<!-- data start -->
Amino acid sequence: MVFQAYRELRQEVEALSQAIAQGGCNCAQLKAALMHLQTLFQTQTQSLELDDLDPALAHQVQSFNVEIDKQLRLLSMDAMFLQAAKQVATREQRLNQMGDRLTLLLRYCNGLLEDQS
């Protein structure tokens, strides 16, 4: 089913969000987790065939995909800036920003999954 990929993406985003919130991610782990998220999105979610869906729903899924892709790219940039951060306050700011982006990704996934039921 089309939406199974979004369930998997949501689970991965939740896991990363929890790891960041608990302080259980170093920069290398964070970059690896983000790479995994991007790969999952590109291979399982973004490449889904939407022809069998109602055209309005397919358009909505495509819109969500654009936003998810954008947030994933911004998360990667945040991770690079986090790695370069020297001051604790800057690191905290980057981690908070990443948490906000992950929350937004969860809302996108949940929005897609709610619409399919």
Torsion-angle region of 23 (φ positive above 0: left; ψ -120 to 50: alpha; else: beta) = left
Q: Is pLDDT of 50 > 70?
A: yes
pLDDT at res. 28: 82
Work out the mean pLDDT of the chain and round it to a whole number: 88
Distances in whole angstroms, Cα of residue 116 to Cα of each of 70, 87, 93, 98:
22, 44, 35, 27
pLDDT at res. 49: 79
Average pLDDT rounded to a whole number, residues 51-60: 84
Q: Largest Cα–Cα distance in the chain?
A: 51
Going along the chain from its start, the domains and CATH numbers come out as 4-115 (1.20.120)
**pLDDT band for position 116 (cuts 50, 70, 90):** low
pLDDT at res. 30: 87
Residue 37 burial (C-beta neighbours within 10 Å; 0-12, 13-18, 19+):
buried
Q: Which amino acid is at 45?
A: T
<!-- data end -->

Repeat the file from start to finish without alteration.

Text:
Amino acid sequence: MVFQAYRELRQEVEALSQAIAQGGCNCAQLKAALMHLQTLFQTQTQSLELDDLDPALAHQVQSFNVEIDKQLRLLSMDAMFLQAAKQVATREQRLNQMGDRLTLLLRYCNGLLEDQS
């Protein structure tokens, strides 16, 4: 089913969000987790065939995909800036920003999954 990929993406985003919130991610782990998220999105979610869906729903899924892709790219940039951060306050700011982006990704996934039921 089309939406199974979004369930998997949501689970991965939740896991990363929890790891960041608990302080259980170093920069290398964070970059690896983000790479995994991007790969999952590109291979399982973004490449889904939407022809069998109602055209309005397919358009909505495509819109969500654009936003998810954008947030994933911004998360990667945040991770690079986090790695370069020297001051604790800057690191905290980057981690908070990443948490906000992950929350937004969860809302996108949940929005897609709610619409399919």
Torsion-angle region of 23 (φ positive above 0: left; ψ -120 to 50: alpha; else: beta) = left
Q: Is pLDDT of 50 > 70?
A: yes
pLDDT at res. 28: 82
Work out the mean pLDDT of the chain and round it to a whole number: 88
Distances in whole angstroms, Cα of residue 116 to Cα of each of 70, 87, 93, 98:
22, 44, 35, 27
pLDDT at res. 49: 79
Average pLDDT rounded to a whole number, residues 51-60: 84
Q: Largest Cα–Cα distance in the chain?
A: 51
Going along the chain from its start, the domains and CATH numbers come out as 4-115 (1.20.120)
**pLDDT band for position 116 (cuts 50, 70, 90):** low
pLDDT at res. 30: 87
Residue 37 burial (C-beta neighbours within 10 Å; 0-12, 13-18, 19+):
buried
Q: Which amino acid is at 45?
A: T